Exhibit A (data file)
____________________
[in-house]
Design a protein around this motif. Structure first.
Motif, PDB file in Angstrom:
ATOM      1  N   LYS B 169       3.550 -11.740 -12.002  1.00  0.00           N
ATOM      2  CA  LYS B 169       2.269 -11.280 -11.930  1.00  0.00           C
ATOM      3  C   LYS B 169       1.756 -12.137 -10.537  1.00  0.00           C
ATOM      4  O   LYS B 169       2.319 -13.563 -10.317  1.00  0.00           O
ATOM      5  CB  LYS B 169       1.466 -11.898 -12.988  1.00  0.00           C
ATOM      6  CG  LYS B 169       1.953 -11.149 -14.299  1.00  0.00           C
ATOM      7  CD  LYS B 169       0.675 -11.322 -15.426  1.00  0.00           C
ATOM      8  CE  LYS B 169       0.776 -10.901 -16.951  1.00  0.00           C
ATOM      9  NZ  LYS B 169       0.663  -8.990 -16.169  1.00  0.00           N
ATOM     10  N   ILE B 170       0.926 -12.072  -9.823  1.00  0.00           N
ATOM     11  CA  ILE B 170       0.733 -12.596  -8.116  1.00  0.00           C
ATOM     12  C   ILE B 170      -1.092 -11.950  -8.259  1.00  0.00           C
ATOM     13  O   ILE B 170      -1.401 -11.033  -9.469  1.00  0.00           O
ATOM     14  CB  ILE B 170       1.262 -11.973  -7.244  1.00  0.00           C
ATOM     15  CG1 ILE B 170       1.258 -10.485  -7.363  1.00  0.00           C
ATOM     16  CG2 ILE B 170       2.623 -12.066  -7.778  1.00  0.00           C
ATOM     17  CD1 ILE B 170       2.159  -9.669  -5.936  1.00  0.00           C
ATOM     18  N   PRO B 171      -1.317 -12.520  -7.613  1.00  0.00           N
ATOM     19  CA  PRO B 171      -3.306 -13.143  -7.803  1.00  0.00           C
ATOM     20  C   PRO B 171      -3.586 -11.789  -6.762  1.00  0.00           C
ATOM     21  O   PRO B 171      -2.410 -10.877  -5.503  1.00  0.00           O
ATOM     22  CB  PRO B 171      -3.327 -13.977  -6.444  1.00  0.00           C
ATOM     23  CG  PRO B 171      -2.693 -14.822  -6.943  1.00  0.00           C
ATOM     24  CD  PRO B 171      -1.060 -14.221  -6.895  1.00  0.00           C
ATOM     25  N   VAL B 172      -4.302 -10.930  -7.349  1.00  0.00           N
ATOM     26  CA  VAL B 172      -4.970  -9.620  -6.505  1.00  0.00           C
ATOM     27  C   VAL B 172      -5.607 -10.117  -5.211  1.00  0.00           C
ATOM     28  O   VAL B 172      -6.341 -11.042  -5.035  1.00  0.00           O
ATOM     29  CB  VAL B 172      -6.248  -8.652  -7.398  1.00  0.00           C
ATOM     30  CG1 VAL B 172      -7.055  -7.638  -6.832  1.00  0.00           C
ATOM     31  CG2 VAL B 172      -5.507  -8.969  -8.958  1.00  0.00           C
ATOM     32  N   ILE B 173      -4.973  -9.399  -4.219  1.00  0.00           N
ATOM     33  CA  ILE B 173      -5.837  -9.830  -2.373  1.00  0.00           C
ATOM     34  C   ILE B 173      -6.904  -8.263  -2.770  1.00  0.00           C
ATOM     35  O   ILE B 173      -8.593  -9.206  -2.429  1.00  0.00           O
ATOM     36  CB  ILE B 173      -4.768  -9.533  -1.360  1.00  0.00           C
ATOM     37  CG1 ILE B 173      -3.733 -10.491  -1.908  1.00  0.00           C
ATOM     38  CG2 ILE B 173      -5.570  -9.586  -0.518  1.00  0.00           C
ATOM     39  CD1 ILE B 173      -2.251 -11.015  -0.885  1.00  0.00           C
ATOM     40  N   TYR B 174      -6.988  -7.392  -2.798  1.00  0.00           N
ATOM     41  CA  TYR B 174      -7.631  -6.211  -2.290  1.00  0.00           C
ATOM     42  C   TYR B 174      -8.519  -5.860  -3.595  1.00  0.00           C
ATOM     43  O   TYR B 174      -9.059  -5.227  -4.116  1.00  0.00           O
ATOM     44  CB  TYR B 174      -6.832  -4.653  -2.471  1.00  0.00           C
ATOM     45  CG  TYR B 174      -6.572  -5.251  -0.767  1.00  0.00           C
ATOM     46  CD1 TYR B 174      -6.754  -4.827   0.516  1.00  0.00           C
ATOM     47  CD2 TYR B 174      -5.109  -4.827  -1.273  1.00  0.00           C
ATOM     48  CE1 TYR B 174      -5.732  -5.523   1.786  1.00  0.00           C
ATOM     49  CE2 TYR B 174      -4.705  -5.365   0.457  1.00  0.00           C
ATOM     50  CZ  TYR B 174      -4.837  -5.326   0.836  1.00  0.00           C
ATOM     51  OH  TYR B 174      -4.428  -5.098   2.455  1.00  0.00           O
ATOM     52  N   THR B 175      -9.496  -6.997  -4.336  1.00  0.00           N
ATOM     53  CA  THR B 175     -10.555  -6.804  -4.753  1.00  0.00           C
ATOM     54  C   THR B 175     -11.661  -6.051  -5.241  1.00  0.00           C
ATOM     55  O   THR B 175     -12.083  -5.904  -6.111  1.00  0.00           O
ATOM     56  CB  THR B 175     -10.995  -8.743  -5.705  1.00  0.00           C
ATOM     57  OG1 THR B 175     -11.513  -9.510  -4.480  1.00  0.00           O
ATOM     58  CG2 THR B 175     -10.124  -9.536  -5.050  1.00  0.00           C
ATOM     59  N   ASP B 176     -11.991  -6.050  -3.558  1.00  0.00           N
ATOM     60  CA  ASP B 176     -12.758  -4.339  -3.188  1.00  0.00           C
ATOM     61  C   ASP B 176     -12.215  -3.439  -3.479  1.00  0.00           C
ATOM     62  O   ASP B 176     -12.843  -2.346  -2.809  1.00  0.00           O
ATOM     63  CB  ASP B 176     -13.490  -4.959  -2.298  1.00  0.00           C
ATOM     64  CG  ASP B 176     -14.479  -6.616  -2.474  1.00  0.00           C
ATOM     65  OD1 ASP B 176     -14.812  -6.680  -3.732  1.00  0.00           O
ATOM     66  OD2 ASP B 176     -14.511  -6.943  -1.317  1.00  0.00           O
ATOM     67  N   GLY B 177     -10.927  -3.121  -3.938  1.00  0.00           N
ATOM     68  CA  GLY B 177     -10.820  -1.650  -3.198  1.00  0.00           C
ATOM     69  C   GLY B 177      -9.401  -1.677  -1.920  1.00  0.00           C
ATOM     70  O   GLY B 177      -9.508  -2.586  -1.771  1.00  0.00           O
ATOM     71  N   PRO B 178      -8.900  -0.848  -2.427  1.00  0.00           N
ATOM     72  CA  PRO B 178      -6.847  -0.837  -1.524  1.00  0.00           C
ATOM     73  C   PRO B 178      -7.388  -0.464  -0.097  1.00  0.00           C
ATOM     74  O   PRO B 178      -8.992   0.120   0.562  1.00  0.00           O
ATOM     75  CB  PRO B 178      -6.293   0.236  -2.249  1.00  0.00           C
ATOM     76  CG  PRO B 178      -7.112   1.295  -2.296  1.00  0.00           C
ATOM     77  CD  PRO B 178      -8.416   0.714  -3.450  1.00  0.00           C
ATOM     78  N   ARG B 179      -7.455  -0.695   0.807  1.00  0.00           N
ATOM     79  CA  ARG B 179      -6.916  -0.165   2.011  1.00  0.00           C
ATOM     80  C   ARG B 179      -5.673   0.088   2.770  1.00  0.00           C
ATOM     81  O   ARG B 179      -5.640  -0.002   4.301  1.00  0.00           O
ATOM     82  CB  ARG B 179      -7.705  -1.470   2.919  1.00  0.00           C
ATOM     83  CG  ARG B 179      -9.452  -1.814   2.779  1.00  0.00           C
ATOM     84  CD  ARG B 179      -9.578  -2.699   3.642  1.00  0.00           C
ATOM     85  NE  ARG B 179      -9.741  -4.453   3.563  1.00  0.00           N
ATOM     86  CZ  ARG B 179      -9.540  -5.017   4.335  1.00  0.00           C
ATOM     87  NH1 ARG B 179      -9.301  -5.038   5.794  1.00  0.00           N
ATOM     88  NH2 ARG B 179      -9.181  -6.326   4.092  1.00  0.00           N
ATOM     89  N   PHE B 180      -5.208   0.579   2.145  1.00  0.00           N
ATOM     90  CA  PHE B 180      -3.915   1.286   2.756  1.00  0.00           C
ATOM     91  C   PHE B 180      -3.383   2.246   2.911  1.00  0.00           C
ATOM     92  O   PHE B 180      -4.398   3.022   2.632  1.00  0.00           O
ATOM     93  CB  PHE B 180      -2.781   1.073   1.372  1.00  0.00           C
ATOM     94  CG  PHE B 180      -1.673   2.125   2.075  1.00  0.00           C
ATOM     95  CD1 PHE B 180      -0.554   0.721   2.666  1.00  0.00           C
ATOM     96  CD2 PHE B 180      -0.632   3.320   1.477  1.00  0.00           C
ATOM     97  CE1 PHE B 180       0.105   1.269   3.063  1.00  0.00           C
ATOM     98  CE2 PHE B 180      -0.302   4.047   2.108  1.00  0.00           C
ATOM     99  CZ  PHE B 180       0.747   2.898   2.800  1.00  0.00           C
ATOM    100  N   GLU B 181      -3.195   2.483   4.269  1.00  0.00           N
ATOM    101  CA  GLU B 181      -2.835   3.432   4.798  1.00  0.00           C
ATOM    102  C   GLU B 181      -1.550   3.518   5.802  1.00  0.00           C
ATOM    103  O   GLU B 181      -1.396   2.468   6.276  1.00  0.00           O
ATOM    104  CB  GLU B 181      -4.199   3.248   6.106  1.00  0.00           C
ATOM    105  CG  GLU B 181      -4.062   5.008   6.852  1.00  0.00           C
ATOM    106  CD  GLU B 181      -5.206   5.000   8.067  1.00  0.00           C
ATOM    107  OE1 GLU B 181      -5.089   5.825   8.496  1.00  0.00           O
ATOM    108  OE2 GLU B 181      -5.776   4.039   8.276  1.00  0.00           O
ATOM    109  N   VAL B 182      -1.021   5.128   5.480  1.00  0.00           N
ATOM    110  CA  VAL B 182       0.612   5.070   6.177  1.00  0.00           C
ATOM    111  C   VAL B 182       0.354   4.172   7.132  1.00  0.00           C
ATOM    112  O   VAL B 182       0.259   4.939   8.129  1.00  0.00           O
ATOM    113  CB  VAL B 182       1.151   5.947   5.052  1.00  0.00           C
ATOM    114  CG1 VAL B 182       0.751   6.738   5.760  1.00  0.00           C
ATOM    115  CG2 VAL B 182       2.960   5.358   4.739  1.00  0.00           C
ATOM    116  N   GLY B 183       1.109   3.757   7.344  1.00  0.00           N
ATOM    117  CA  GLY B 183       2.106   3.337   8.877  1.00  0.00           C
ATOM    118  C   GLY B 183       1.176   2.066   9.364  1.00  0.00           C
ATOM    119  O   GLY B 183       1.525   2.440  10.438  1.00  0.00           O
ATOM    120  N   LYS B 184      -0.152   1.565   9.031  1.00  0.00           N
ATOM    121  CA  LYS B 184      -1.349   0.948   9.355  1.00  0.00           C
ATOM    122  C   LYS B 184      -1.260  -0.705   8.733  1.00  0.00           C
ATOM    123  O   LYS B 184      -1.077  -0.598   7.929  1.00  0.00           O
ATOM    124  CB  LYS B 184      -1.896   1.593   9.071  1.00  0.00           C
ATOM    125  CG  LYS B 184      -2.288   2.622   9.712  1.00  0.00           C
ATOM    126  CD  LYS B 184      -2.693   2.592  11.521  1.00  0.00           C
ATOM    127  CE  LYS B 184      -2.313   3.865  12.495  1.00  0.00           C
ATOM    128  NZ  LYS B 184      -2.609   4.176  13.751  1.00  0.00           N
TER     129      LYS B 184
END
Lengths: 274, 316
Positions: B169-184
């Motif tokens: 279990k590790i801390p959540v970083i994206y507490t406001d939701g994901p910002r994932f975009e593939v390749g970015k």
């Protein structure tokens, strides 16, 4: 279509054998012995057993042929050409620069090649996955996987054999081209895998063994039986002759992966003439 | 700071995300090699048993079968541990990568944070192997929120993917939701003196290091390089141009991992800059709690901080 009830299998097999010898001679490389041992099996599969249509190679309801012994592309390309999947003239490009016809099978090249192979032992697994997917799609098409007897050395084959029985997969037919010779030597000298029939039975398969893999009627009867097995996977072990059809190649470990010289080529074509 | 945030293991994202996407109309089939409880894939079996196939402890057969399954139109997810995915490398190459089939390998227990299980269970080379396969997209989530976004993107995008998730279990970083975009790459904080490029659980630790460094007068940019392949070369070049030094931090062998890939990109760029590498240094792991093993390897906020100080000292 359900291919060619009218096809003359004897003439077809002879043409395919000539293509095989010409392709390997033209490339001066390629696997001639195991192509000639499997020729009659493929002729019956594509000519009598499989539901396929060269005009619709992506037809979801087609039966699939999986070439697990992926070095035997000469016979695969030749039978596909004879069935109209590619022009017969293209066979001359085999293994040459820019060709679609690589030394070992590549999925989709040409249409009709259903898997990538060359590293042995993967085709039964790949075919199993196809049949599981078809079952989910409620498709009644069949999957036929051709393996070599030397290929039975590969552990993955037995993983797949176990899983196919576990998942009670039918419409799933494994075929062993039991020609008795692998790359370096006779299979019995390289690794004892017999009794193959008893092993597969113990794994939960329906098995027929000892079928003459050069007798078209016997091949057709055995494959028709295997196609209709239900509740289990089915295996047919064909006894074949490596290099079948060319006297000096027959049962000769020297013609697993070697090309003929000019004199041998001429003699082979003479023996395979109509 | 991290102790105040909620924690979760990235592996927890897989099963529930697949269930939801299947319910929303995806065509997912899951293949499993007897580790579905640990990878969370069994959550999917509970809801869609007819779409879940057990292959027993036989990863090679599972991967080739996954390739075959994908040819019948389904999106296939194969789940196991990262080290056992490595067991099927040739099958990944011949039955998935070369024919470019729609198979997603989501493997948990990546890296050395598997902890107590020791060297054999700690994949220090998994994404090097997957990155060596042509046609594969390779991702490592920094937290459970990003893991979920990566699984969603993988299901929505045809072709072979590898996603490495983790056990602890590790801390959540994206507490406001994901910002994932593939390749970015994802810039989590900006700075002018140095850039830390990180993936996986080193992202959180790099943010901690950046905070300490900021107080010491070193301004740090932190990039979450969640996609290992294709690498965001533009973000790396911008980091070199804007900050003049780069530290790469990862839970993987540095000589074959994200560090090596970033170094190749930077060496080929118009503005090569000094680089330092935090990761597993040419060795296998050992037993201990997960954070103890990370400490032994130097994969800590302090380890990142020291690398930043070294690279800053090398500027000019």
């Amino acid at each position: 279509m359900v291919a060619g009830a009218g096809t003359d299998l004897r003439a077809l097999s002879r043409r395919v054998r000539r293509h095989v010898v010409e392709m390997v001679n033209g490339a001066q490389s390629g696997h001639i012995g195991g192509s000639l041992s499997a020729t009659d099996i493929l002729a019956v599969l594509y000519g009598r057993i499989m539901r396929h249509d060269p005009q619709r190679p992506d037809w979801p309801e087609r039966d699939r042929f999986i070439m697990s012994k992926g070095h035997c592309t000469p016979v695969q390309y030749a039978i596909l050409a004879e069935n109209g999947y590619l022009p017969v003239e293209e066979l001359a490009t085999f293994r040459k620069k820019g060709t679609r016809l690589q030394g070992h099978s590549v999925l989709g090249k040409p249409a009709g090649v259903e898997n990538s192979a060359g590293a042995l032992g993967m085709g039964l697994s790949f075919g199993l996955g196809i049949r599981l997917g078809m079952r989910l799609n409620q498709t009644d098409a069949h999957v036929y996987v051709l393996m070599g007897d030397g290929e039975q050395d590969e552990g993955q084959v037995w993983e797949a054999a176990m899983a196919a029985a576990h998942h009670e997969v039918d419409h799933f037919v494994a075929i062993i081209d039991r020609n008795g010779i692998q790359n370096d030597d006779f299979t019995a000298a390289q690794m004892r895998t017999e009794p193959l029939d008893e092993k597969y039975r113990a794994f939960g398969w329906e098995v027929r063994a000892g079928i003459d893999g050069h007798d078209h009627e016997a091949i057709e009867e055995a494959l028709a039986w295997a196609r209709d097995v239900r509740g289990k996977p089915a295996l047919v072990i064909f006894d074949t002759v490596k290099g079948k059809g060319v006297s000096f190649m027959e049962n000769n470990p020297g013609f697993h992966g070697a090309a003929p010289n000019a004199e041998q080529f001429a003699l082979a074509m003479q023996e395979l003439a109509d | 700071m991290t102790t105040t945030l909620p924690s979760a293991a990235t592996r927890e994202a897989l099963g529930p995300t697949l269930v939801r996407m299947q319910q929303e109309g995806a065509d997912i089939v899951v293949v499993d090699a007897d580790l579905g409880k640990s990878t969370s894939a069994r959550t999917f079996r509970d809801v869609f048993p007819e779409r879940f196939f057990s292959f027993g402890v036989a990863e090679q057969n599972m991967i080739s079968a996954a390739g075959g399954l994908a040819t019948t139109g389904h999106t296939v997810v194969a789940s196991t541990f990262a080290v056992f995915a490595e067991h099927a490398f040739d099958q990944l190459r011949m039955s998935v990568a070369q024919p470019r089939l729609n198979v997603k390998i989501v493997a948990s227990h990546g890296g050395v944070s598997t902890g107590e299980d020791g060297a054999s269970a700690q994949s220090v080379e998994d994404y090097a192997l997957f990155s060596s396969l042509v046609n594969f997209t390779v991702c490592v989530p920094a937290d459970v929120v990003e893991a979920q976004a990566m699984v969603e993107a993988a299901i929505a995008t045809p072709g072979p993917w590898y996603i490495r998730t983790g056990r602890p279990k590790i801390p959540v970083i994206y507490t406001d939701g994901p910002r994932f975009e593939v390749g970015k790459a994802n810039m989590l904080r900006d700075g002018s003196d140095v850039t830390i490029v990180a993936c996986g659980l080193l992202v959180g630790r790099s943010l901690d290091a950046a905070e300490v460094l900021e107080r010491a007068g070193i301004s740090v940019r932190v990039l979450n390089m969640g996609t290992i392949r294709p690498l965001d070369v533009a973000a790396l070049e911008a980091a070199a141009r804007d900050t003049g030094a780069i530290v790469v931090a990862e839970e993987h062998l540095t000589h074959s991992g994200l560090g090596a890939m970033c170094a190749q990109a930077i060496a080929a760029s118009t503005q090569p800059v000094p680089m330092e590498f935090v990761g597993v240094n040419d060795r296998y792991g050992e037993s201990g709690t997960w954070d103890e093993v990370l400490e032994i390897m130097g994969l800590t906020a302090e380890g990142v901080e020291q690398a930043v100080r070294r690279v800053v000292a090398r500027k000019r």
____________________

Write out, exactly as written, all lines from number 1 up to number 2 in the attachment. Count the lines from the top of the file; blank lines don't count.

[in-house]
Design a protein around this motif. Structure first.